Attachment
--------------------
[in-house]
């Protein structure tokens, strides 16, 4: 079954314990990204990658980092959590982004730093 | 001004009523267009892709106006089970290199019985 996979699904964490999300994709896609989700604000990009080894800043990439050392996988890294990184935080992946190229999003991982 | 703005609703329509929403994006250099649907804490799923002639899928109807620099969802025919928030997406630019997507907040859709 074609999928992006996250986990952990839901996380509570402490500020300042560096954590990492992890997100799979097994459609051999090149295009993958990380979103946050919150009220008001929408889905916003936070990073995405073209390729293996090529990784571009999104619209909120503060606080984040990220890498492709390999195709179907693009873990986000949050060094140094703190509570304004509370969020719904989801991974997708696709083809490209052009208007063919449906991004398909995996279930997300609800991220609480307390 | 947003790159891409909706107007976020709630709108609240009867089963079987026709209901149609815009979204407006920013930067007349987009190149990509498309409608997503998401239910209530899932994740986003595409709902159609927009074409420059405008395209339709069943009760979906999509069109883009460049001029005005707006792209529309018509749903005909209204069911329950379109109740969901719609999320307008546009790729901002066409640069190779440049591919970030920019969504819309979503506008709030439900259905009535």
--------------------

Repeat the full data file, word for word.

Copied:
[in-house]
């Protein structure tokens, strides 16, 4: 079954314990990204990658980092959590982004730093 | 001004009523267009892709106006089970290199019985 996979699904964490999300994709896609989700604000990009080894800043990439050392996988890294990184935080992946190229999003991982 | 703005609703329509929403994006250099649907804490799923002639899928109807620099969802025919928030997406630019997507907040859709 074609999928992006996250986990952990839901996380509570402490500020300042560096954590990492992890997100799979097994459609051999090149295009993958990380979103946050919150009220008001929408889905916003936070990073995405073209390729293996090529990784571009999104619209909120503060606080984040990220890498492709390999195709179907693009873990986000949050060094140094703190509570304004509370969020719904989801991974997708696709083809490209052009208007063919449906991004398909995996279930997300609800991220609480307390 | 947003790159891409909706107007976020709630709108609240009867089963079987026709209901149609815009979204407006920013930067007349987009190149990509498309409608997503998401239910209530899932994740986003595409709902159609927009074409420059405008395209339709069943009760979906999509069109883009460049001029005005707006792209529309018509749903005909209204069911329950379109109740969901719609999320307008546009790729901002066409640069190779440049591919970030920019969504819309979503506008709030439900259905009535």